Love one another. Celebrate diversity. Extend hospitality. Strive for unity. These are the four guiding principles of the Saint Mary’s College Mission Statement, values that students and faculty will have the opportunity to thoroughly reflect on this week. Junior Silvia Cuevas, mission commissioner for Saint Mary’s Student Government Association (SGA), said the Mission Council has set up displays in the Student Center atrium and the Cushwa-Leighton library to remind the Saint Mary’s community of the College’s mission in education, faith and service. Students can sign their names on a sheet next to the displays, affirming their support of the mission statement. “The Mission Council and myself thought it was important to promote the mission statement, especially toward students, to know what we stand for and what we believe,” Cuevas said. “We are given the mission statement freshman year, but we tend to forget about it.” Students may be unaware that the core values of the mission statement are all around them as they hurry to class each day, Cuevas said. “All of the banners [on the light poles] promote this year’s core values,” Cuevas said. “Each banner has one of the four different values of either ‘love one another,’ ‘celebrate diversity,’ ‘extend hospitality’ or ‘strive for unity.’” Cuevas said she hopes this week’s new displays around campus will help get students and faculty interested in continuing the College’s mission. “The two displays each have a poster of the French cross with the mission statement and our core values, along with sheets for students to sign their names,” Cuevas said. “There are also booklets and bookmarks for students to take.” The displays are not the only way students can reflect on the College’s mission statement, Cuevas said. “When I look around, our girls are always doing something, they are always on their feet,” Cuevas said. “Whether it’s with their clubs or in the community, they are always promoting the core values even if they don’t know it.” Cuevas said she hopes the initiative will extend to other aspects of Saint Mary’s life. “I hope this project will be expanded in the future and in a way where we can promote the mission at our events around campus,” she said. “I also hope that for those who work in the community and are a part of clubs will keep the mission in mind as they do these activities.”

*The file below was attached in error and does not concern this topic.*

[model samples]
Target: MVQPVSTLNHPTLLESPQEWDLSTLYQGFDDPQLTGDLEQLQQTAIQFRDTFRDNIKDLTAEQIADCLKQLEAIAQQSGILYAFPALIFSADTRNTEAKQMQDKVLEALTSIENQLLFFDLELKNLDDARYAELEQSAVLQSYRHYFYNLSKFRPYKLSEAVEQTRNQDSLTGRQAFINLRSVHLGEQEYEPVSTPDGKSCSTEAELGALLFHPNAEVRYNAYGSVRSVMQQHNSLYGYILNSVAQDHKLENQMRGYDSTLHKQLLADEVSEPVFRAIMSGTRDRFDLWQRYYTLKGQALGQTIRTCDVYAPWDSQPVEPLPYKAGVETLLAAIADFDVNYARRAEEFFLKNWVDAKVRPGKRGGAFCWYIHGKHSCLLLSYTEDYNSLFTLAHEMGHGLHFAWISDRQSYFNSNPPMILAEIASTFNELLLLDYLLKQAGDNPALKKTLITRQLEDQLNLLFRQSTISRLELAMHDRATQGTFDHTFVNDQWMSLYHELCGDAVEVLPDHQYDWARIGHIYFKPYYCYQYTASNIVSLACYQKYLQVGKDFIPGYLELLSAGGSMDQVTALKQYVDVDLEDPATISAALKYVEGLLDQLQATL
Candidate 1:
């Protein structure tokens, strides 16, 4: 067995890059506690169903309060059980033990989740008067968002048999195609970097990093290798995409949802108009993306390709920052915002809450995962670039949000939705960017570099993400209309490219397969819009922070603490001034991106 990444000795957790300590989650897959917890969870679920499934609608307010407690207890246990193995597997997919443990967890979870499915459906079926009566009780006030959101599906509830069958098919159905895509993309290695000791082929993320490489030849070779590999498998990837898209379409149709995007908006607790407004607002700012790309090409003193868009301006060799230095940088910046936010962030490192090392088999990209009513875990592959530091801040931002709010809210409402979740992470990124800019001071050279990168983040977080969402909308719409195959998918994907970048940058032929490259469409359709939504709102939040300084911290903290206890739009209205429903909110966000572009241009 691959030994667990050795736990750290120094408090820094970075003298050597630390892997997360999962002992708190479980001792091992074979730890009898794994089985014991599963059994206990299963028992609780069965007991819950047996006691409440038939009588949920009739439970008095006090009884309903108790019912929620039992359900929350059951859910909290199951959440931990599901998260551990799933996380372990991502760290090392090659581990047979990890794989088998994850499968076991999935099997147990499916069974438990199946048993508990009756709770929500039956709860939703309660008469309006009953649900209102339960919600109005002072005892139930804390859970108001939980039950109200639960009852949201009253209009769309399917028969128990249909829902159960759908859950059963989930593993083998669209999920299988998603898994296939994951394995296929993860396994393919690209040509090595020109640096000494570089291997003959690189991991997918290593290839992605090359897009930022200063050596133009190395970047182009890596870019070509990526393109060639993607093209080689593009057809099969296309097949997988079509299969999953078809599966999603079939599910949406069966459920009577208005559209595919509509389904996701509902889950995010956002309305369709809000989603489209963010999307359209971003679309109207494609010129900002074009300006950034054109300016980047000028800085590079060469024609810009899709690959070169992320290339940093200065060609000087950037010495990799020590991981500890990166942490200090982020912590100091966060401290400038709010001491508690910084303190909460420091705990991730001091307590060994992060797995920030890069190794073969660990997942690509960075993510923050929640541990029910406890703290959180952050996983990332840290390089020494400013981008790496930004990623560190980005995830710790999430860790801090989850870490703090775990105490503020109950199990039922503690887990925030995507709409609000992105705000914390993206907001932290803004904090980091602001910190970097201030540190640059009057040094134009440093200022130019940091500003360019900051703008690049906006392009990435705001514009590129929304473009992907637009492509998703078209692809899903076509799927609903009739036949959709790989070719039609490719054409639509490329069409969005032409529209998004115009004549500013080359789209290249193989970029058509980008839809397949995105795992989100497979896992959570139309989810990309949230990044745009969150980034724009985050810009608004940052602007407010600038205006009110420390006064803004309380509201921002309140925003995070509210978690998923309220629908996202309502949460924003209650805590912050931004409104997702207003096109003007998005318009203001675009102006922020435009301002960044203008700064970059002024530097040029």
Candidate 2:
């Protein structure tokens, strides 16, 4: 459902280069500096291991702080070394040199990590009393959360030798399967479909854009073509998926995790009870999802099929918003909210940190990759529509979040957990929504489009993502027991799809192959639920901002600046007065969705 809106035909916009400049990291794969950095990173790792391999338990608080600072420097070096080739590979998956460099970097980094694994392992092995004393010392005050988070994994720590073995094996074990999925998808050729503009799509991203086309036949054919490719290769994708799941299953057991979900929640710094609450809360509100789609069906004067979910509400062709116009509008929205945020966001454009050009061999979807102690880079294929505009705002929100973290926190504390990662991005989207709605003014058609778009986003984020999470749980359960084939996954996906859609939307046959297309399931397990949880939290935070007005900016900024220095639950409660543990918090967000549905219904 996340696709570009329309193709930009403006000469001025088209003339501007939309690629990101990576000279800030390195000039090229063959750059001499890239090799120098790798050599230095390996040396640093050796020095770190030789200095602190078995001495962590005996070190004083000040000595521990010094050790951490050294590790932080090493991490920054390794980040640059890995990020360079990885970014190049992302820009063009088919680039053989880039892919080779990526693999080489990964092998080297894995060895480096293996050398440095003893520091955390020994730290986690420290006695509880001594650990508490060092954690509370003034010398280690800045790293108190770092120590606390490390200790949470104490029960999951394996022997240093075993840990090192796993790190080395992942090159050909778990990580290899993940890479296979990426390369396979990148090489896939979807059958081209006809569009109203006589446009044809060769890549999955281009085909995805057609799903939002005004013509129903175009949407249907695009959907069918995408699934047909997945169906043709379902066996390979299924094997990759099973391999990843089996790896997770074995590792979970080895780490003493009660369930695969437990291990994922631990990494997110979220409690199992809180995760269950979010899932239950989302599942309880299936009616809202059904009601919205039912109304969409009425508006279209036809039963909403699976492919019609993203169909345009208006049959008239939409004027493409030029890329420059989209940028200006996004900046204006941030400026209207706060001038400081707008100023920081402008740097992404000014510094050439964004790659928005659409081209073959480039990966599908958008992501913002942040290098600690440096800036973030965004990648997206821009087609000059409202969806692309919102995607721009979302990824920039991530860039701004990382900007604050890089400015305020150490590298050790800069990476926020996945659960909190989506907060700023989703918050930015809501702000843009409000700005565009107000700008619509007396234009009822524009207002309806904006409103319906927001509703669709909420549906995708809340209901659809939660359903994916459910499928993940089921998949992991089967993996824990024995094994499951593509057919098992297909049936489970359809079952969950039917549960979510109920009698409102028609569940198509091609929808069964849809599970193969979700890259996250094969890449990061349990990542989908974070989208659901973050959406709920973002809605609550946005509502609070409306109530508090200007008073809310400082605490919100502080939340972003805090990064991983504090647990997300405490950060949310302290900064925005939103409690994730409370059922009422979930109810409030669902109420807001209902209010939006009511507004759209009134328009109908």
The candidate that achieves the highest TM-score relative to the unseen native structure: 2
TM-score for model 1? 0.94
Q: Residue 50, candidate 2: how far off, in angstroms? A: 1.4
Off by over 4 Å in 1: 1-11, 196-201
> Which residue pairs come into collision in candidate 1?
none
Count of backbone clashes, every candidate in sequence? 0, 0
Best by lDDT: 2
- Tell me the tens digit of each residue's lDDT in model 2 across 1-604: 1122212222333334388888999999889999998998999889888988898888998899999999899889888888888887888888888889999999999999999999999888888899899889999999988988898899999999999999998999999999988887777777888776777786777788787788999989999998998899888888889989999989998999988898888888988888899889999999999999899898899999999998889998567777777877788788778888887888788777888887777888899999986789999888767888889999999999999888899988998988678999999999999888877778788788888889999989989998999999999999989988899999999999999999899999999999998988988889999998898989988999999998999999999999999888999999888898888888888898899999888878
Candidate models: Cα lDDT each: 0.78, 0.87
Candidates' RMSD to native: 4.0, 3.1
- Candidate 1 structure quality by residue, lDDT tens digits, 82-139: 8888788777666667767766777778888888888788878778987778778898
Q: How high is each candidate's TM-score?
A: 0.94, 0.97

Test peaches stayed firmer longer”Peaches normally don’t stay in storage for more than two weeks.But we kept our test peaches in storage longer,” Prussia said.”After 21 days of storage, we saw a definite difference as thetreated peaches remained firmer.”Adding the salt solution wouldn’t be hard for growers. Theynormally have hydrocoolers in their packing houses to cool thepeaches with water, Prussia said.”However, we would need to make sure the salt solution does notharm the hydrocooling equipment over time,” he said.Another glitch the researchers are working out is the slightaftertaste the solution leaves behind. Using a taste panel, thescientists found that it “slightly changes” the taste of thepeaches. Surviving shipping”They have to be sure their product can survive shipping,” hesaid, “because when a shipment reaches its destination, a sampleis pulled and if the peaches are too soft, the whole load can berejected.”Working with visiting scientist Grzegorz Lysiak of theAgricultural University in Poznan, Poland, Prussia and UGAagricultural economist Wojciech Florkowski applied a methodcurrently used on apples.”We dipped half a batch of peaches in a 1-percent calciumchloride solution for half an hour. The other half we leftuntouched,” Prussia said.He says the solution is similar to what is used for addingchlorine to swimming pools. “Table salt is sodium chloride, andthis is calcium chloride,” he said.The test peaches were then put through storage and shippingconditions. Working to remove aftertaste”It was a slight change,” Prussia said. “But it was enough of achange that our taste panel detected it.” The research team isnow working to modify the salt solution.”We have to do more research to see if we can lower theconcentration of the solution so the taste isn’t affected and(growers) still get the benefits,” he said.The scientists are also looking into an alternative to dippingthe peaches in the packing houses.”We’d like to try spraying the peach trees while they’re growing,either once a week or once every two weeks,” Prussia said. “Thisway the calcium would get into the peaches as they grow.”He says this method is used now on other crops with no aftertasteeffects.A postharvest specialist, Prussia says peaches could be allowedto ripen longer on the trees if they weren’t too soft to ship.Staying longer on the trees would make peaches sweeter.Prussia hopes spraying the salt solution onto the peach treeswill be the answer to this dilemma.”It would be great if the peaches could be left on the treeslonger to develop full flavor, still ship well and arrive tastingbetter for consumers,” he said.The researchers are now sharing their findings with the GeorgiaAgricultural Commission for Peaches, which partially funded thefirst stage of the project. By Sharon OmahenUniversity of GeorgiaUniversity of Georgia researchers have developed a solution thatcould help prolong the shelf life of fresh peaches.Peach growers have to pick peaches earlier than ideal so theydon’t perish en route from the orchards to retail stores.”Growers pick peaches when they reach what’s called the ‘marketmature’ stage,” said Stan Prussia, an engineer in the biologicaland agricultural engineering department with the UGA College ofAgricultural and Environmental Sciences.